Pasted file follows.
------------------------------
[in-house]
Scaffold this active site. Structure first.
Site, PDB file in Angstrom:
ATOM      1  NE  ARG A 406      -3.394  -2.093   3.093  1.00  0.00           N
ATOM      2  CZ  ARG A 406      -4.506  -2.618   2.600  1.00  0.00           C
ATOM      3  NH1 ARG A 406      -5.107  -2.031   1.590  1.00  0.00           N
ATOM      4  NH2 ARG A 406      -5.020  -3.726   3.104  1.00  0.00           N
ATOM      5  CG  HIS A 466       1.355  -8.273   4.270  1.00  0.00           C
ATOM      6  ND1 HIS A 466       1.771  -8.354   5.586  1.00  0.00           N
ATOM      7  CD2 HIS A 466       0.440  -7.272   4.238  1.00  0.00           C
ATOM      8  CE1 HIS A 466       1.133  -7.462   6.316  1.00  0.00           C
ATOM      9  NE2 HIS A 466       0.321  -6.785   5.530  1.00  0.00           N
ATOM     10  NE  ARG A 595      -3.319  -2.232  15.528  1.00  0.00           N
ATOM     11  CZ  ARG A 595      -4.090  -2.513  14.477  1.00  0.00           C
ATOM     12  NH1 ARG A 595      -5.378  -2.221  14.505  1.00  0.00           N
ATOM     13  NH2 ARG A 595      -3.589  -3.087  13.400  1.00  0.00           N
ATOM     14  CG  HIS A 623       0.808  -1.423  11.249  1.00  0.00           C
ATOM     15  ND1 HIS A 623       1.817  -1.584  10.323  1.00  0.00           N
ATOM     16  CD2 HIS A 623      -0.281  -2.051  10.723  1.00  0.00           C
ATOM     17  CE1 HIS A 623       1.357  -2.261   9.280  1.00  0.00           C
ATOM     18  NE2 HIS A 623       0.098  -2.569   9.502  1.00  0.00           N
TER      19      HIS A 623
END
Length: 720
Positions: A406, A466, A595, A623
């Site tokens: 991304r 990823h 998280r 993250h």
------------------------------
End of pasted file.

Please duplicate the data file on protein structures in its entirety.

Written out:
[in-house]
Scaffold this active site. Structure first.
Site, PDB file in Angstrom:
ATOM      1  NE  ARG A 406      -3.394  -2.093   3.093  1.00  0.00           N
ATOM      2  CZ  ARG A 406      -4.506  -2.618   2.600  1.00  0.00           C
ATOM      3  NH1 ARG A 406      -5.107  -2.031   1.590  1.00  0.00           N
ATOM      4  NH2 ARG A 406      -5.020  -3.726   3.104  1.00  0.00           N
ATOM      5  CG  HIS A 466       1.355  -8.273   4.270  1.00  0.00           C
ATOM      6  ND1 HIS A 466       1.771  -8.354   5.586  1.00  0.00           N
ATOM      7  CD2 HIS A 466       0.440  -7.272   4.238  1.00  0.00           C
ATOM      8  CE1 HIS A 466       1.133  -7.462   6.316  1.00  0.00           C
ATOM      9  NE2 HIS A 466       0.321  -6.785   5.530  1.00  0.00           N
ATOM     10  NE  ARG A 595      -3.319  -2.232  15.528  1.00  0.00           N
ATOM     11  CZ  ARG A 595      -4.090  -2.513  14.477  1.00  0.00           C
ATOM     12  NH1 ARG A 595      -5.378  -2.221  14.505  1.00  0.00           N
ATOM     13  NH2 ARG A 595      -3.589  -3.087  13.400  1.00  0.00           N
ATOM     14  CG  HIS A 623       0.808  -1.423  11.249  1.00  0.00           C
ATOM     15  ND1 HIS A 623       1.817  -1.584  10.323  1.00  0.00           N
ATOM     16  CD2 HIS A 623      -0.281  -2.051  10.723  1.00  0.00           C
ATOM     17  CE1 HIS A 623       1.357  -2.261   9.280  1.00  0.00           C
ATOM     18  NE2 HIS A 623       0.098  -2.569   9.502  1.00  0.00           N
TER      19      HIS A 623
END
Length: 720
Positions: A406, A466, A595, A623
């Site tokens: 991304r 990823h 998280r 993250h």